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Oregon’s cap on non-economic damages ruled unconstitutional in some cases:
Personal Injury and Insurance Law
Personal injury case outcomes are, well, highly personal. Because of their injuries, many clients are permanently disabled, have lost jobs, or have otherwise had their lives turned upside down. Because of that, most injured people look back on litigation, even successful litigation, as something they’d rather forget. WLG is sensitive to those privacy concerns, so we generally do not publish case-specific settlement information. This section therefore includes only publicly available cases and information, and cases which WLG has specific permission to share.
Most cases settle before trial, but some do not. And some of the cases that go to trial are then appealed to the Oregon Court of Appeals or the Oregon Supreme Court. The following are some notable appellate decisions in the personal injury/insurance law arena that could impact your case:
An unfortunate part of Oregon law is that insurance companies have successfully lobbied to cap the amount of non-economic damages available to catastrophically injured victims. See ORS 31.710 (capping non-economic damages in most cases to $500,000). The situation was exacerbated by the 2016 Oregon Supreme Court decision in Horton v. OHSU, 359 Or 168 (2016), which undermined juries’ rights to determine victims’ damages. Fortunately, three recent appellate decisions offer hope for seriously injured Oregonians: Vasquez v. Double Press Mfg., Inc., 288 Or App 503 (2017), aff’d on other grounds, 364 Or 609 (2019); Rains v. Stayton Builders Mart, Inc., 289 Or App 672 (2018); and Busch v. McInnis Waste Sys., 292 Or App 820 (2018). In each case, the Court of Appeals ruled that the cap was unconstitutional as applied under the remedy clause of the Oregon Constitution. Specifically, the court found that application of the cap left the seriously injured victims with an insubstantial remedy. Under Horton, all victims are entitled to a “substantial remedy.”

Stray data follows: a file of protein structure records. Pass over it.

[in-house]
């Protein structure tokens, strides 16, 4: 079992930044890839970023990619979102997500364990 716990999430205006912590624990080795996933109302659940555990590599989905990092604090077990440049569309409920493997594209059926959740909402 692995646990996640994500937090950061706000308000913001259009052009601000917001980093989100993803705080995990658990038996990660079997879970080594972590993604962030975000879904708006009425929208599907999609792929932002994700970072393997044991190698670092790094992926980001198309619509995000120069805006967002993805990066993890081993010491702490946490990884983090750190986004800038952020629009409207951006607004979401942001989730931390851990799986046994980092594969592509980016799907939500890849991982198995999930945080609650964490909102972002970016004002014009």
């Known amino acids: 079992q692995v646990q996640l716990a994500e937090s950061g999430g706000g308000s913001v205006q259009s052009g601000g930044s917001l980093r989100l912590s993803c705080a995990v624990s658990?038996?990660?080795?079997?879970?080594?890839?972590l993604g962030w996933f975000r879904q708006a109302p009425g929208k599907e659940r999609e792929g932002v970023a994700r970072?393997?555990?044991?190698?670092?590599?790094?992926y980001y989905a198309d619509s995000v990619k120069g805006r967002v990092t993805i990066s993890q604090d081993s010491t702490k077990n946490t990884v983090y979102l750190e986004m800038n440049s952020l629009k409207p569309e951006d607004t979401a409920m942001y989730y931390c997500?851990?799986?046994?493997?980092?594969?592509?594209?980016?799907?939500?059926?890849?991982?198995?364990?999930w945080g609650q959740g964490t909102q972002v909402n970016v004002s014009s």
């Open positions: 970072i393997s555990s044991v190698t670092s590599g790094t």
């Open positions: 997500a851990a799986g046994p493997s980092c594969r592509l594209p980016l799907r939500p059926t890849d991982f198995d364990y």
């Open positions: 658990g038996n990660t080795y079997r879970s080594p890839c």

The defendant in the Vasquez case appealed to the Oregon Supreme Court, but that court did not address the constitutional question under the remedies clause. The Rains case settled. But the Busch case is pending before the Oregon Supreme Court, and there is good reason to be hopeful about the outcome in that case.
For now, seriously injured Oregonians can rely on Vasquez, Rains, and Busch to protect their right to have a jury of their peers decide the amount of their damages. If an insurance company tries to apply the statutory damages cap to a jury’s decision, then the judge will decide if the cap prevents the victim from receiving a “substantial remedy” under the Oregon Constitution.